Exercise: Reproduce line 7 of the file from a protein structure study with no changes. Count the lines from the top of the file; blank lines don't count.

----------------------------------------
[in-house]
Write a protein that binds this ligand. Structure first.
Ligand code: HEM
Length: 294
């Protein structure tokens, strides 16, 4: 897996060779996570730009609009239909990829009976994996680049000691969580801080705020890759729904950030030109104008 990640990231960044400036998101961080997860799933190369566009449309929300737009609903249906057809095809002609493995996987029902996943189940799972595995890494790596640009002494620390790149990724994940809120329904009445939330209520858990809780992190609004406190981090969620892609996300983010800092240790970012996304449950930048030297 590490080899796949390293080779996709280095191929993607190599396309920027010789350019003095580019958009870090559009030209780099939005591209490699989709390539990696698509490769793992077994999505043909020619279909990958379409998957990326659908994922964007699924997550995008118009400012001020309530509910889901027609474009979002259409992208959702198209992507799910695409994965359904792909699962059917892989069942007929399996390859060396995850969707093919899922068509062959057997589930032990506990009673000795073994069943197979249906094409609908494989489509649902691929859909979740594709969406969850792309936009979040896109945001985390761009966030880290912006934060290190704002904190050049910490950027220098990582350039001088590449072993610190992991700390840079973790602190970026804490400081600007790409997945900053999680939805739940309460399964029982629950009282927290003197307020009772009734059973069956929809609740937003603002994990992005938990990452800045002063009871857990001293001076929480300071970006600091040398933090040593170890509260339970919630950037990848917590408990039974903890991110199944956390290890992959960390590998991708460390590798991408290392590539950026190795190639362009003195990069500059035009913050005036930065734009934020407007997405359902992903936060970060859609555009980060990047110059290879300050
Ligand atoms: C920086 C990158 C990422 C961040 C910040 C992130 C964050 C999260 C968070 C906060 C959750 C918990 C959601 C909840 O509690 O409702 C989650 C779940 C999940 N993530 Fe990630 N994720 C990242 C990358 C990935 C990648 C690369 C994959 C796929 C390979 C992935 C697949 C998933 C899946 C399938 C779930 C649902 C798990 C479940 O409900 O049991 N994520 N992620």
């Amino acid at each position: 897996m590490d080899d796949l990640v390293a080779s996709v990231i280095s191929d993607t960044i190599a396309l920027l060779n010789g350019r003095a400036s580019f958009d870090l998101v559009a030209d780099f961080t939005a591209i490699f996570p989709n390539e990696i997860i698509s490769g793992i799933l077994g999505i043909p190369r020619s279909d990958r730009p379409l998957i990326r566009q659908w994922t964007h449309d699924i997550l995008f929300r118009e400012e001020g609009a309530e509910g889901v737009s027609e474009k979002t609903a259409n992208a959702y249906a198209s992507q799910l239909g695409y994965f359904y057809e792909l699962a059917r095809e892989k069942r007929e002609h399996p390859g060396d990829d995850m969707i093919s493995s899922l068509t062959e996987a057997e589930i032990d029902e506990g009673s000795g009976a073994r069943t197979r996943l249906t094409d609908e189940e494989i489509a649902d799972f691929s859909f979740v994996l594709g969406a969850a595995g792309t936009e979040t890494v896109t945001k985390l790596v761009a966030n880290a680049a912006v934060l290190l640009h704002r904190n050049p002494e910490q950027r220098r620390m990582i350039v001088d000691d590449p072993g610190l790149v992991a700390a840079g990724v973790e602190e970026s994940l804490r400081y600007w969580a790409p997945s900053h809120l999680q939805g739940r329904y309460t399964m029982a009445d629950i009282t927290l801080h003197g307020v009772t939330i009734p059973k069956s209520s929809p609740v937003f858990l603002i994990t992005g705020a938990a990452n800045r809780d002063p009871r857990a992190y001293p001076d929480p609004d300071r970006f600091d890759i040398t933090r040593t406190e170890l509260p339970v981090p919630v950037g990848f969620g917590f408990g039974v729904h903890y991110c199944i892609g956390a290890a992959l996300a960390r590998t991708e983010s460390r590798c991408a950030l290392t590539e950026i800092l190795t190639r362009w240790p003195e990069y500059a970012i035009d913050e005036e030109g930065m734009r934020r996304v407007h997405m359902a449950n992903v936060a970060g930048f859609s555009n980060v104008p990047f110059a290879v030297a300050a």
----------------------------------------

């Amino acid at each position: 897996m590490d080899d796949l990640v390293a080779s996709v990231i280095s191929d993607t960044i190599a396309l920027l060779n010789g350019r003095a400036s580019f958009d870090l998101v559009a030209d780099f961080t939005a591209i490699f996570p989709n390539e990696i997860i698509s490769g793992i799933l077994g999505i043909p190369r020619s279909d990958r730009p379409l998957i990326r566009q659908w994922t964007h449309d699924i997550l995008f929300r118009e400012e001020g609009a309530e509910g889901v737009s027609e474009k979002t609903a259409n992208a959702y249906a198209s992507q799910l239909g695409y994965f359904y057809e792909l699962a059917r095809e892989k069942r007929e002609h399996p390859g060396d990829d995850m969707i093919s493995s899922l068509t062959e996987a057997e589930i032990d029902e506990g009673s000795g009976a073994r069943t197979r996943l249906t094409d609908e189940e494989i489509a649902d799972f691929s859909f979740v994996l594709g969406a969850a595995g792309t936009e979040t890494v896109t945001k985390l790596v761009a966030n880290a680049a912006v934060l290190l640009h704002r904190n050049p002494e910490q950027r220098r620390m990582i350039v001088d000691d590449p072993g610190l790149v992991a700390a840079g990724v973790e602190e970026s994940l804490r400081y600007w969580a790409p997945s900053h809120l999680q939805g739940r329904y309460t399964m029982a009445d629950i009282t927290l801080h003197g307020v009772t939330i009734p059973k069956s209520s929809p609740v937003f858990l603002i994990t992005g705020a938990a990452n800045r809780d002063p009871r857990a992190y001293p001076d929480p609004d300071r970006f600091d890759i040398t933090r040593t406190e170890l509260p339970v981090p919630v950037g990848f969620g917590f408990g039974v729904h903890y991110c199944i892609g956390a290890a992959l996300a960390r590998t991708e983010s460390r590798c991408a950030l290392t590539e950026i800092l190795t190639r362009w240790p003195e990069y500059a970012i035009d913050e005036e030109g930065m734009r934020r996304v407007h997405m359902a449950n992903v936060a970060g930048f859609s555009n980060v104008p990047f110059a290879v030297a300050a």